Foramen magnum decompression is the preferred treatment for Chiari type I malformation in people. Surgery is often successful, but 8-30% of patients require re-operation, due to excessive scar tissue formation at the FMD site. A FMD procedure for CLM in dogs has been described and the success rate of this procedure is approximately 81%. When performing FMD, both portions of the occipital bone and the lamina of the C1 vertebral body are removed to provide bony decompression (Fig 19). The dura mater that covers the area is frequently abnormal and is either incised (durotomy) or removed. Failure to remove the diseased dura can result in persistent compression, because it acts as a fibrous band constricting the cerebellum. Similar to humans, about 25% of canine patients require re-operation due to excessive post-operative scar tissue formation with FMD alone (Fig 20). It has been reported that worsening clinical signs associated with scar tissue impingement typically occur within 3 months of surgery. Cranioplasty offers a protective covering for the recently decompressed cerebellum and has reportedly decreased the frequency of scar tissue formation in patients after surgery.
In performing a cranioplasty, guide holes for titanium screws are made in the occipital bone, around the edge of the FMD defect. Self-tapping titanium screws are inserted into the holes for an approximate depth of 2-3 mm (Fig 21). The skull plate is fashioned using titanium mesh and polymethylmethacrylate (PMMA), and fixed to the back of the skull, using the titanium screw heads as anchor posts for the PMMA (Fig 22).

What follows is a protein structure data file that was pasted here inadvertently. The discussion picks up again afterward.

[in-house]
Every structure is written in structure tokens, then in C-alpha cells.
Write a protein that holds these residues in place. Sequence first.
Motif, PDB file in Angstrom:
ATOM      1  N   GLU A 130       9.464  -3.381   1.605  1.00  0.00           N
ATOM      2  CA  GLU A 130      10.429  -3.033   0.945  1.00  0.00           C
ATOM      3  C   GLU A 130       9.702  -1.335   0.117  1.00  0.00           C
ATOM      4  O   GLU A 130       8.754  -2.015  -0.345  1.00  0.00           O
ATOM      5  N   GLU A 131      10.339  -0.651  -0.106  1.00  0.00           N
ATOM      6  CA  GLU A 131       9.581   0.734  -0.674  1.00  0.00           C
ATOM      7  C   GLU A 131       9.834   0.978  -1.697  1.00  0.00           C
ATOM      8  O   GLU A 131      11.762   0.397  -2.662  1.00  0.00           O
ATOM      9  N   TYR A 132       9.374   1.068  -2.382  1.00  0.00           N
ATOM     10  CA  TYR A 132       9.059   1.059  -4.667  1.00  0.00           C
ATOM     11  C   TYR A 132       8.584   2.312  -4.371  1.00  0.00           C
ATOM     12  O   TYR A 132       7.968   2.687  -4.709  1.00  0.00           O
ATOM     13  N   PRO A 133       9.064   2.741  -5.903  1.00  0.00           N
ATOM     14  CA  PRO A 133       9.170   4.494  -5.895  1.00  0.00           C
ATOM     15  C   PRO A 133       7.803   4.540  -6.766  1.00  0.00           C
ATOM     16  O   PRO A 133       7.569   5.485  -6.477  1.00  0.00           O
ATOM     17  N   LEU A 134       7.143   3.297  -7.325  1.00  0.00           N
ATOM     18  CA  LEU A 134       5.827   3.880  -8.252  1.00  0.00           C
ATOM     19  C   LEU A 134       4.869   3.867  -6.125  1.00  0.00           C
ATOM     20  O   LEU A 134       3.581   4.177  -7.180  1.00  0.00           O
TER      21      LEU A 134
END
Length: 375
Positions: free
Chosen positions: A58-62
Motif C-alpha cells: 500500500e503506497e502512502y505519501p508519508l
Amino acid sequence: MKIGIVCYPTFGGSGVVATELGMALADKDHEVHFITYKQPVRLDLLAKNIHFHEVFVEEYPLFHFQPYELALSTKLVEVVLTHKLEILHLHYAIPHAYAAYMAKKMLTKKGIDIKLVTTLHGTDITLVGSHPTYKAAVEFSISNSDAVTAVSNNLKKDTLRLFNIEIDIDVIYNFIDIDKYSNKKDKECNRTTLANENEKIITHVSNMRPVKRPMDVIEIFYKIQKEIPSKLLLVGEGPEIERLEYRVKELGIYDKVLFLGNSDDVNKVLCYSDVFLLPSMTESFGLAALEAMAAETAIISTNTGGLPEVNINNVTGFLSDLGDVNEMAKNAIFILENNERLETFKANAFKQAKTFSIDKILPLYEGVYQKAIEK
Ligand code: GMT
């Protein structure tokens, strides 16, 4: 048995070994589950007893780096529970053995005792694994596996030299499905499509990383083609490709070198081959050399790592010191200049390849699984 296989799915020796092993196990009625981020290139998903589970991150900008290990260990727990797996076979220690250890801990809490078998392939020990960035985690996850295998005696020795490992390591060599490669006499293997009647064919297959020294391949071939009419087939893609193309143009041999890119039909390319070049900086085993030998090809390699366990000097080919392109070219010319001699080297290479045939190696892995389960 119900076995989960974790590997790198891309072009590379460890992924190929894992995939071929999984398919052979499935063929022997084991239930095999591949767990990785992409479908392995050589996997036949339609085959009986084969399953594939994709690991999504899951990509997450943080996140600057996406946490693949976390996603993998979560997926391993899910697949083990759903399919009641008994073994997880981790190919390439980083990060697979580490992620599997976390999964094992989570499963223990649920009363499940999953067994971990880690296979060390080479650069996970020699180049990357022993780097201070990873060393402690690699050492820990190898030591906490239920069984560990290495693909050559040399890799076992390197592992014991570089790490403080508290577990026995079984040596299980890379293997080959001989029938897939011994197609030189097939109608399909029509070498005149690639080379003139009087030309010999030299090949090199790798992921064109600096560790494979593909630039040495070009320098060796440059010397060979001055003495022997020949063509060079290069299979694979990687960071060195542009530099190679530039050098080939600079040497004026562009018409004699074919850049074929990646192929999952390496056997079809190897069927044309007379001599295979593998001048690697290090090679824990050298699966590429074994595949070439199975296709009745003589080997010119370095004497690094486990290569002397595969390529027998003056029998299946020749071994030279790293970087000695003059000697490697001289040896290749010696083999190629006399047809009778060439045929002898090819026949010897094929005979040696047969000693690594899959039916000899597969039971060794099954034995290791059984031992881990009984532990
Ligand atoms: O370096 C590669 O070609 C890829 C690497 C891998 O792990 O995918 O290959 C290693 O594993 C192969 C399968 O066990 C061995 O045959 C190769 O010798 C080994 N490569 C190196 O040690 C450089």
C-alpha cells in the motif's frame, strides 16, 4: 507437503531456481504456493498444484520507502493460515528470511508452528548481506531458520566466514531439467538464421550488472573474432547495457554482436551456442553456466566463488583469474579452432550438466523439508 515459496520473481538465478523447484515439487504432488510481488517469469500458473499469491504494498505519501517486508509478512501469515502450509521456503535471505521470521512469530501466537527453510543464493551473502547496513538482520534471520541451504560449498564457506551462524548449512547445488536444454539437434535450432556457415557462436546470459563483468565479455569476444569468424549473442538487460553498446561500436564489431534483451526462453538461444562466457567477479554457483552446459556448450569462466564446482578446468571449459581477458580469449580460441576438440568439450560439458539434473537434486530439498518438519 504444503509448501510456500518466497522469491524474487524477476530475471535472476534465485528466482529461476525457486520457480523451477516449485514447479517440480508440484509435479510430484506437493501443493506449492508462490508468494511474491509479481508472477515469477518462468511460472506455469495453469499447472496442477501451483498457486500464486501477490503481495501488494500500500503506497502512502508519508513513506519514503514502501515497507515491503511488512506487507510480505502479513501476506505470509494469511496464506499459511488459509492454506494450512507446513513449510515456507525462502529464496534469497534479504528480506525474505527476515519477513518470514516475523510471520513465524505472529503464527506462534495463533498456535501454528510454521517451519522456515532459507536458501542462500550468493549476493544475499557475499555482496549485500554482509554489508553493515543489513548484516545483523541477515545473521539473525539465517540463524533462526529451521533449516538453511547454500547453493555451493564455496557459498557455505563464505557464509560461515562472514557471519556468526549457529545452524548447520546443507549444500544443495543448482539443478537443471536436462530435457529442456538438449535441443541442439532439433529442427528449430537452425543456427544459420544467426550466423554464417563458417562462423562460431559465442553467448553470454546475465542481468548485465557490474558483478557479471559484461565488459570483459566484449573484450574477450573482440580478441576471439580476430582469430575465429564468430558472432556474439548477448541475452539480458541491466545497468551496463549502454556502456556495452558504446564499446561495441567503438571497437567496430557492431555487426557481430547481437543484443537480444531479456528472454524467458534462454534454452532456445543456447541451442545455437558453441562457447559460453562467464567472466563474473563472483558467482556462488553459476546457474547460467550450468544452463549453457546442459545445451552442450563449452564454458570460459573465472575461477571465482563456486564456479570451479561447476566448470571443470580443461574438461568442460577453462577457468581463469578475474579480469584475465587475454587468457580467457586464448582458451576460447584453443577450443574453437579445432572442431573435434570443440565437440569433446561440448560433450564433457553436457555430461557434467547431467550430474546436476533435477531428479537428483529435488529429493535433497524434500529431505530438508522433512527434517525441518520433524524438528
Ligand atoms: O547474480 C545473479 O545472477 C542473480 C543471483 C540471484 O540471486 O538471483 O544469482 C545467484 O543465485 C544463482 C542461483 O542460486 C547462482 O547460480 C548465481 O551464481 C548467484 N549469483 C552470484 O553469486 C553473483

Currently, 73 of 103 dogs with MRI confirmed CLM, treated with FMD with cranioplasty, had a minimum 1 year follow up and were evaluated. Results of our current ongoing study revealed 62/73 dogs (85%) improved after FMD and cranioplasty, with 11/73 (15%) requiring intermittent medication to maintain quality of life. Only 5 dogs (7%) experienced scar tissue formation after FMD with cranioplasty and were re-operated. Additionally, although it has been reported the majority of syrinx formations remained unchanged on visual estimation, our objective syrinx evaluation using MRI syrinx volume calculations revealed length measurements preoperatively and 6 months post-operatively in 13 of 21 dogs (62%), had decreased in both average syrinx length and volume, 29.4% and 45.6% respectively, while 4/21 (19%) remained unchanged (Fig 23) Future studies are underway to identify reasons why most dogs experience syrinx resolution while others do not, and if there are abnormalities in the latter that are unaddressed.